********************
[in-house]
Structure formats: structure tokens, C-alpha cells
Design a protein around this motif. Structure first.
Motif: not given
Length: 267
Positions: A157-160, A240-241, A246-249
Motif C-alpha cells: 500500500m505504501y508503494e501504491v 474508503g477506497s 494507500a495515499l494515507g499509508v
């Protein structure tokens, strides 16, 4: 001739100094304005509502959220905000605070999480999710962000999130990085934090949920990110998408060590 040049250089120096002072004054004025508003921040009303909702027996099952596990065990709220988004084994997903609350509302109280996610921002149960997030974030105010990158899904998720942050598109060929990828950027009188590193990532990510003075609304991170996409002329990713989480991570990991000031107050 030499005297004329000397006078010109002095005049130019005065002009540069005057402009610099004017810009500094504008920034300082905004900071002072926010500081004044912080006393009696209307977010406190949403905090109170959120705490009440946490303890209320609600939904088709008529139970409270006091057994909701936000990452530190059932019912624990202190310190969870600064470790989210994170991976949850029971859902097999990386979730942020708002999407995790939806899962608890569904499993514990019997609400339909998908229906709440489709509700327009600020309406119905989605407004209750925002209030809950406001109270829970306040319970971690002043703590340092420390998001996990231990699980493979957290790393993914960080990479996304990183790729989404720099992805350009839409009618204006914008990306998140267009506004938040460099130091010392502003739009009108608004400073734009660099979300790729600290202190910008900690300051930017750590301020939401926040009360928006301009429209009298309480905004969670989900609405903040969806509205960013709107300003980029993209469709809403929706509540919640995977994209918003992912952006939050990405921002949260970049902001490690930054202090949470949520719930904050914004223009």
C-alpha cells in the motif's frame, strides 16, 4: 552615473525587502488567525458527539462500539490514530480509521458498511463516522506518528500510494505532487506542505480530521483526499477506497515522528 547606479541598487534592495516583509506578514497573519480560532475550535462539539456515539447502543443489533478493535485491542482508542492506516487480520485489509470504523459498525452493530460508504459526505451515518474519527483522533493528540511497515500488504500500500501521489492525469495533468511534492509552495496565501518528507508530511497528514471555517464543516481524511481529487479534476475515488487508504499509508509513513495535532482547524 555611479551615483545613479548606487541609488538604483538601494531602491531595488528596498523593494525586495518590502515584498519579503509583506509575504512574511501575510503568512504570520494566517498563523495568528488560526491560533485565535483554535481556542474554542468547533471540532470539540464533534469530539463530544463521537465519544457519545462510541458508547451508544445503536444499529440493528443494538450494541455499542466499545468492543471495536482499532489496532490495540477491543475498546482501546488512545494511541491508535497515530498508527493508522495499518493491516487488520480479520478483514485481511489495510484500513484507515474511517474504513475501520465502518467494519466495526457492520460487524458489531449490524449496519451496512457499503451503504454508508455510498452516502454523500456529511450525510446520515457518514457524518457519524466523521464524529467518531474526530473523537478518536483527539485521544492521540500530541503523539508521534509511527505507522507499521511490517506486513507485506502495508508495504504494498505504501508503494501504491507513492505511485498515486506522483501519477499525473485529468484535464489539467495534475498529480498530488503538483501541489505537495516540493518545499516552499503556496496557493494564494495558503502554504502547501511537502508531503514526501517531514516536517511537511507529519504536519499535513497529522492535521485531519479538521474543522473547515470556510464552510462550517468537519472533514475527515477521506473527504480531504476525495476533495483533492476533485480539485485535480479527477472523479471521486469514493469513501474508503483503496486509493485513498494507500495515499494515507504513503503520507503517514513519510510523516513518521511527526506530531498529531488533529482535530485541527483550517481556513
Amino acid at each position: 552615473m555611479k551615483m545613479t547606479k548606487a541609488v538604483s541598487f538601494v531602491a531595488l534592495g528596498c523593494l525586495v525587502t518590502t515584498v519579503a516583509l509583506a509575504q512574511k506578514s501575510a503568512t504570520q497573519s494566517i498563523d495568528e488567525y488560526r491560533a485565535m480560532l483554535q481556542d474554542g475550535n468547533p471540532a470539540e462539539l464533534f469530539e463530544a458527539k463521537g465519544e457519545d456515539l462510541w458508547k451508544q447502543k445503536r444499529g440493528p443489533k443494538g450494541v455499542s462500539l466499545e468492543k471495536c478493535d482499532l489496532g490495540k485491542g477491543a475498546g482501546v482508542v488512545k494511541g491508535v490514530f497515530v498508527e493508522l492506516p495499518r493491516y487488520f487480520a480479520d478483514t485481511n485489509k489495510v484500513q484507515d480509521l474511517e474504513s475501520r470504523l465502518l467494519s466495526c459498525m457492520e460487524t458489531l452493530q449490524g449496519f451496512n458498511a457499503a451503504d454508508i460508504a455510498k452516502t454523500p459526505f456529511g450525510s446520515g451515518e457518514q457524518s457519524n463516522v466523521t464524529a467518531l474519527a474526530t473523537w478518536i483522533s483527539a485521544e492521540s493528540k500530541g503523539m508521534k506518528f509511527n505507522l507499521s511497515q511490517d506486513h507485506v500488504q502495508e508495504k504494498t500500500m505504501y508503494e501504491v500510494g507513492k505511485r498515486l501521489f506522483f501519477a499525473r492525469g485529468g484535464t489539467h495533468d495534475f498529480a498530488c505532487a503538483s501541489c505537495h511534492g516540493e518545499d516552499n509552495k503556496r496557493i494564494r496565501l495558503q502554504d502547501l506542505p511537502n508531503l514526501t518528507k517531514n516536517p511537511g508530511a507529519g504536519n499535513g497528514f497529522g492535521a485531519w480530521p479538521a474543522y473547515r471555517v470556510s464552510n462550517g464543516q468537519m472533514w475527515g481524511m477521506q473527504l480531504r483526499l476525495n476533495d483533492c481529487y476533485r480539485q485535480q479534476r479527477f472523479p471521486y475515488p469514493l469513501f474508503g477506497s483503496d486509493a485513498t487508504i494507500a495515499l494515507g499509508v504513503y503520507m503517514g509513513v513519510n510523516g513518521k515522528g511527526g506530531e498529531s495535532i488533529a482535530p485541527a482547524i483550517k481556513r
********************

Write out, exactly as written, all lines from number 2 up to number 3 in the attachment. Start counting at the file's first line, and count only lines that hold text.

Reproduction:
Structure formats: structure tokens, C-alpha cells
Design a protein around this motif. Structure first.